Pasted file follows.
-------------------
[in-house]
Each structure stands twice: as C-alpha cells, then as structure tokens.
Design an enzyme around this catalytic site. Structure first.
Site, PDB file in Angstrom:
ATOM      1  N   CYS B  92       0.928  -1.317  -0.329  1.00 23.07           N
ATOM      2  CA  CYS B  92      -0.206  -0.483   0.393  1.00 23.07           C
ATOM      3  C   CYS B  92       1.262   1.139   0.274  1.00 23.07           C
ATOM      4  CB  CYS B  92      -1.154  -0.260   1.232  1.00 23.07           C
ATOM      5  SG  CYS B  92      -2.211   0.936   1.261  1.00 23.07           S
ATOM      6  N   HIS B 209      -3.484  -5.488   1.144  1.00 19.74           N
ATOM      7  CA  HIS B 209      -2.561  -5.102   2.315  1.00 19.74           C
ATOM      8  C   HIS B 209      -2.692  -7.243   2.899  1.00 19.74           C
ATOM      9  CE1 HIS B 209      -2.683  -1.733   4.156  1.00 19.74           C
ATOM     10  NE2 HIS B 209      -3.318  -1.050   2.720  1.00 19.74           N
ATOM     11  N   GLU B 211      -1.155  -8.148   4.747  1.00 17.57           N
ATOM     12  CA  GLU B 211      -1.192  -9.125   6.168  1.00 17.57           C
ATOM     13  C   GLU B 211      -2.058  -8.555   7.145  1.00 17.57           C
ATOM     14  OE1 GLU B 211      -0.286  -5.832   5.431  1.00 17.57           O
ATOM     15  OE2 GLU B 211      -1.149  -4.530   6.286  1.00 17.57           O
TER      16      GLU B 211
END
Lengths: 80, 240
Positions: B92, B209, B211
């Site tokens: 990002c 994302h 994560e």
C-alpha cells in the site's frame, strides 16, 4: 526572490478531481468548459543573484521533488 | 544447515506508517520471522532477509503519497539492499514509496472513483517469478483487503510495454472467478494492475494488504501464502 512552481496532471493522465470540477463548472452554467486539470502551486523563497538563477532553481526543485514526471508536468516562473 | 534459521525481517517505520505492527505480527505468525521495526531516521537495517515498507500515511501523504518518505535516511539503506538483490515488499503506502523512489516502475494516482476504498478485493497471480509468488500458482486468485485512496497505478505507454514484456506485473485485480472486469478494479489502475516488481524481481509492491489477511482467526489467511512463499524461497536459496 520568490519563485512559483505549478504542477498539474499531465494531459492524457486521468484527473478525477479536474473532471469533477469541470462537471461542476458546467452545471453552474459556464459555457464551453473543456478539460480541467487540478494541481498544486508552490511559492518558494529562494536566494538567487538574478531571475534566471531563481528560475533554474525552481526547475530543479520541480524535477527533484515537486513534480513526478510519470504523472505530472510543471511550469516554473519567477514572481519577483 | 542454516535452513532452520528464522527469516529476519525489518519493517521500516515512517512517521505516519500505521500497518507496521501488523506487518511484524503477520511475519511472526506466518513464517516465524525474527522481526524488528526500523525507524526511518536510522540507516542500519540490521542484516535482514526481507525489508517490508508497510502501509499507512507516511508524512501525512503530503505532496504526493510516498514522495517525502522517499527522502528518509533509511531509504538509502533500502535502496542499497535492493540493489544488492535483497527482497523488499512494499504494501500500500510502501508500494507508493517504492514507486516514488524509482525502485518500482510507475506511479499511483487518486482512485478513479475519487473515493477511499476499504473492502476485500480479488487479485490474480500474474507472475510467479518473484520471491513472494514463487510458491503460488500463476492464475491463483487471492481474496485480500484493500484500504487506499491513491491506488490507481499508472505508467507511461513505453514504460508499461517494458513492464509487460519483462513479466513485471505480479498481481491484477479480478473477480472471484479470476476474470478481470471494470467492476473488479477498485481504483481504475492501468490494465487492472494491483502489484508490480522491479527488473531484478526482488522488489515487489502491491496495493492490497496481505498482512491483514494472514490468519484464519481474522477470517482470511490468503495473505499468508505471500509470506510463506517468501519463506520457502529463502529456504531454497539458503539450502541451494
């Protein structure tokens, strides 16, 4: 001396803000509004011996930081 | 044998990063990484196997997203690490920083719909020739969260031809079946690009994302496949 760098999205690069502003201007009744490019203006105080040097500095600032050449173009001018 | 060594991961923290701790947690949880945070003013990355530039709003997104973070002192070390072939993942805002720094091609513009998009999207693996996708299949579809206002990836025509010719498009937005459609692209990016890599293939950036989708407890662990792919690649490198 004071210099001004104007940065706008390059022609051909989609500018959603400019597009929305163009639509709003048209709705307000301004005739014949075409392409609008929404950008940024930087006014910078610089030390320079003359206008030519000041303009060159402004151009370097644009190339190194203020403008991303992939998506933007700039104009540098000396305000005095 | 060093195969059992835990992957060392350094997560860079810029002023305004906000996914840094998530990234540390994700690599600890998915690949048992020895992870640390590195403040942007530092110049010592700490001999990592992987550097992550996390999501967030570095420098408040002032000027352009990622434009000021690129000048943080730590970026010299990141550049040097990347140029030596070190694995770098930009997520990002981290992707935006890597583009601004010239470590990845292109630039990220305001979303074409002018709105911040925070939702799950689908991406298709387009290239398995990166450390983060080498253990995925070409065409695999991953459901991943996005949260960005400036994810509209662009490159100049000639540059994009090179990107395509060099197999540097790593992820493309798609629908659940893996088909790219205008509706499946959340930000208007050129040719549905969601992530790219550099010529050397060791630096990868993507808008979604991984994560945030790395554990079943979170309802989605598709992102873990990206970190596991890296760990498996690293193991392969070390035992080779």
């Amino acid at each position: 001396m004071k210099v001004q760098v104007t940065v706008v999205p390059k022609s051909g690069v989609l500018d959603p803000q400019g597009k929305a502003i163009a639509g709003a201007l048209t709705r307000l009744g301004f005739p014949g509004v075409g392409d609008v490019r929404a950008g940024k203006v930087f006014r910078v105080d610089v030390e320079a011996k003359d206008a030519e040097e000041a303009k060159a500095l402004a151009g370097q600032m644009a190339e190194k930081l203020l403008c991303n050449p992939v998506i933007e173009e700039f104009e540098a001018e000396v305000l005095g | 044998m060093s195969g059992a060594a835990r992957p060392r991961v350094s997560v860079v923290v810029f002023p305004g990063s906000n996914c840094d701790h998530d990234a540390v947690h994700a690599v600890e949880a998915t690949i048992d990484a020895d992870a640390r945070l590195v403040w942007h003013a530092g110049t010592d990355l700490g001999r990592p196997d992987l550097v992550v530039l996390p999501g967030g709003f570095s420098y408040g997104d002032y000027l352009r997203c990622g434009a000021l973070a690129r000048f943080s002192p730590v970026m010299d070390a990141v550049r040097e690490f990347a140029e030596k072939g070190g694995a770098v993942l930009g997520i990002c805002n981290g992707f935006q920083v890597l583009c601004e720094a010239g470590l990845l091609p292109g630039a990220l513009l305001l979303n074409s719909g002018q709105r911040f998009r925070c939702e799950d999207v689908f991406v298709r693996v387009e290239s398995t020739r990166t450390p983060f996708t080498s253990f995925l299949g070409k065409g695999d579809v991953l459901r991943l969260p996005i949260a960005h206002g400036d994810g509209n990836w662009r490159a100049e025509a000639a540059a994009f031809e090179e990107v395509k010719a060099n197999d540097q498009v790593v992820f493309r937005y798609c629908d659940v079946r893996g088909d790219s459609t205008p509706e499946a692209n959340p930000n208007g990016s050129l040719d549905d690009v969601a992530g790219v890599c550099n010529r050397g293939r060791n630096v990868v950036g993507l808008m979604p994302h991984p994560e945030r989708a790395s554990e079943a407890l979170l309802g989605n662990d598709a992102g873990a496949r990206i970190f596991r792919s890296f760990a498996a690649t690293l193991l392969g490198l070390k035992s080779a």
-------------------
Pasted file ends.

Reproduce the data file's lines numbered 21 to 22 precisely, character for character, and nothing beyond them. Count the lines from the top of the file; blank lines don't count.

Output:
END
Lengths: 80, 240